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Nick begins the chapter by saying he tries not to judge people. However, he adds that this honest and tolerant approach does have its limitations. When he returns to the Midwest, he says he longed for the world to be in a united "moral attention." (He says this in hindsight. He returns to the Midwest, his home, after all of the events during his stay in New York.)
Nick means that he had experienced a lack of morality while in New York. The only one from that immoral world to whom Nick gives the benefit of the doubt is Gatsby. Nick adds that Gatsby was alright. It was that immoral world which "preyed upon Gatsby" that made Nick want to return to his Midwestern roots.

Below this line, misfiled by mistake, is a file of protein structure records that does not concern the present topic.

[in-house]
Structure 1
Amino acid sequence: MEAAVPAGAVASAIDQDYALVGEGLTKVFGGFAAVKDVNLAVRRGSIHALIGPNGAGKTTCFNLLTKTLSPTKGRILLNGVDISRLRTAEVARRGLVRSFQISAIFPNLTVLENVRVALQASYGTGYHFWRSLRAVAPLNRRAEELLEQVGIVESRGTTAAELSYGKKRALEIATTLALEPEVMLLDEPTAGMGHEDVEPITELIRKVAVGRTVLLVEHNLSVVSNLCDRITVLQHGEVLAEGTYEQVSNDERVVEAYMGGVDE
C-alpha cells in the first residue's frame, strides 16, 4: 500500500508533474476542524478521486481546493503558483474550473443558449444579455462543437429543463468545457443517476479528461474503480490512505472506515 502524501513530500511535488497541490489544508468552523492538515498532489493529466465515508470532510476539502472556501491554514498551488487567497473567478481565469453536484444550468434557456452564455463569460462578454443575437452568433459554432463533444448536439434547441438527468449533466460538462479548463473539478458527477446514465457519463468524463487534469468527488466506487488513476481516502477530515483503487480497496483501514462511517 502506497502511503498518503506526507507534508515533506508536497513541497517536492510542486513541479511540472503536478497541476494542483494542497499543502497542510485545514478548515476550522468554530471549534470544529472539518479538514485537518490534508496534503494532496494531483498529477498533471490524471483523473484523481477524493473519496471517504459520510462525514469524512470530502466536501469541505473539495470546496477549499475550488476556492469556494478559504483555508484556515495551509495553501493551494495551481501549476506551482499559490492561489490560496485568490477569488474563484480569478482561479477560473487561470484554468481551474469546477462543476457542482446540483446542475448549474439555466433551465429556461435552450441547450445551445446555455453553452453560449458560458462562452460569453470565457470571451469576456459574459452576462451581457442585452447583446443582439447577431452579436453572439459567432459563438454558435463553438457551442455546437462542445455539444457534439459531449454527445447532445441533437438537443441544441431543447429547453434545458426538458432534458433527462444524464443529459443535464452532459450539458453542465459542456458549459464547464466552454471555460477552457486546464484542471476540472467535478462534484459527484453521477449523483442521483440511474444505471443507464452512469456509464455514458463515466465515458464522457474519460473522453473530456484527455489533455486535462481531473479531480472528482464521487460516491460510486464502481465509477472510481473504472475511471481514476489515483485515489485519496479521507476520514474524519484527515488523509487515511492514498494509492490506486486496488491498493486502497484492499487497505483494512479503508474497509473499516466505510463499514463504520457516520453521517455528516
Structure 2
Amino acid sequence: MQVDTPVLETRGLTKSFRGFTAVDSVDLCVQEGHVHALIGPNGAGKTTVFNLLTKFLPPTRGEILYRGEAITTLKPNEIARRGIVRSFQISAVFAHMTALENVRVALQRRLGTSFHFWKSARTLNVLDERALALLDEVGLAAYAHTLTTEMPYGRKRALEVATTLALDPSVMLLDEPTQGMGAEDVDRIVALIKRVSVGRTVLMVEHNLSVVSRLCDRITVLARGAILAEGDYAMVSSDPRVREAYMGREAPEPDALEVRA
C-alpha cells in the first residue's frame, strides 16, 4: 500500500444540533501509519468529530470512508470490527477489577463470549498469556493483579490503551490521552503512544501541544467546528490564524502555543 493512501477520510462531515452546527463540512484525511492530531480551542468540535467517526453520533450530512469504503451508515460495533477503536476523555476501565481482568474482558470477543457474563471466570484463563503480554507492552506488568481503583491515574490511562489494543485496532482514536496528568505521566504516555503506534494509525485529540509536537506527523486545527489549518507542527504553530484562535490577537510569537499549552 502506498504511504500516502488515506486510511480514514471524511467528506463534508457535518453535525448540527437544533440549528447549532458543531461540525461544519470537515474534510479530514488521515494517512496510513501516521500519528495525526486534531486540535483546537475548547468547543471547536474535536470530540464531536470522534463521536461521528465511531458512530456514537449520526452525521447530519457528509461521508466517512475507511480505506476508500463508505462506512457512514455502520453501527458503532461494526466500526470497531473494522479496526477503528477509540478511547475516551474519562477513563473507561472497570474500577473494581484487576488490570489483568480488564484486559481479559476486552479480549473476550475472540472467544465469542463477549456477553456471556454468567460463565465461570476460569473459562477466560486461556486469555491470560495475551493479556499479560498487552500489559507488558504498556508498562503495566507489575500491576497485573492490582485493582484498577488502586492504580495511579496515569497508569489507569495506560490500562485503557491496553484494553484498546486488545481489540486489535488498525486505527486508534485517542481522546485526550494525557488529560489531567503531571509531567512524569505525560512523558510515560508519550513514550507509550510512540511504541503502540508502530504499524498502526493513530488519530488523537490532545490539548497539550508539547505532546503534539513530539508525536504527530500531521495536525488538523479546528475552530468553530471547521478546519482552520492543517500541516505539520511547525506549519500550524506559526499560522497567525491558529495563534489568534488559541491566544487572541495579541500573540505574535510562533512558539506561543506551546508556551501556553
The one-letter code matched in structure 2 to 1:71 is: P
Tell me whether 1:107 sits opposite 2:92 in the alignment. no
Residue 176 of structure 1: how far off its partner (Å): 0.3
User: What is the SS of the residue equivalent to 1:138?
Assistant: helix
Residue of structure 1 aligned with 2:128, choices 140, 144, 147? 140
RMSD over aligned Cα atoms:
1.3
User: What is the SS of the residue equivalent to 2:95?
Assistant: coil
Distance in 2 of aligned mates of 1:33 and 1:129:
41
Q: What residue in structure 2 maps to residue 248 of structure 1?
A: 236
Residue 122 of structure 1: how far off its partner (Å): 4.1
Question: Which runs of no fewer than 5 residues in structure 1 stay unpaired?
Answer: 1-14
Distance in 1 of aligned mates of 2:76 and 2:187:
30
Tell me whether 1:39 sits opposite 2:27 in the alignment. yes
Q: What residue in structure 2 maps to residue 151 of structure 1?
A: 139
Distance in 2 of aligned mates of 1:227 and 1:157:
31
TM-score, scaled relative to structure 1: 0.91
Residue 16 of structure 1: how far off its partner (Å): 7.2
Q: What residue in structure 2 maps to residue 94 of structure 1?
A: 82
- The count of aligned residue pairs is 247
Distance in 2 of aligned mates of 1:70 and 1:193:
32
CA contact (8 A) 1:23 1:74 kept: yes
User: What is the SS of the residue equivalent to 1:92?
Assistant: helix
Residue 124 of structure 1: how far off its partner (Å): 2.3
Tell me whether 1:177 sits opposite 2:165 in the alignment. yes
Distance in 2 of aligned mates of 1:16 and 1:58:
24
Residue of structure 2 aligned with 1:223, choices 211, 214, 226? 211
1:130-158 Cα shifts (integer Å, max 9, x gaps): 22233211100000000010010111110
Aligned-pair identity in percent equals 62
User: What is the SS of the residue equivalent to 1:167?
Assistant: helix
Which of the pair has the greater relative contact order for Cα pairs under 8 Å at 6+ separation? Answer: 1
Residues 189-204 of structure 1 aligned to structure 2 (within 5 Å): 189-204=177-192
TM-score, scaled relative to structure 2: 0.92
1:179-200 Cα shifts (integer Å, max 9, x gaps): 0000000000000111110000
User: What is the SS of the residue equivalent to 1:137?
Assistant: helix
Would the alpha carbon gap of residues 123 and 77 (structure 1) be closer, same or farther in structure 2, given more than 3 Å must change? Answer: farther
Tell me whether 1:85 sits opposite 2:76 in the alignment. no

Nick says that "there was something gorgeous about him." Nick admires Gatsby's romanticism and idealism. He has scorn for the world that preyed upon Gatsby's hope and idealism. Nick had been very taken with Gatsby. He gives him high praise, saying:
. . . it was an extraordinary gift for hope, a romantic readiness such as I have never found in any other person and which it is not likely I shall ever find again.
Gatsby's determination to pursue a dream proves his romantic idealism and hope. It makes sense that, in this immoral world, the idealistic Gatsby stood out to Nick.
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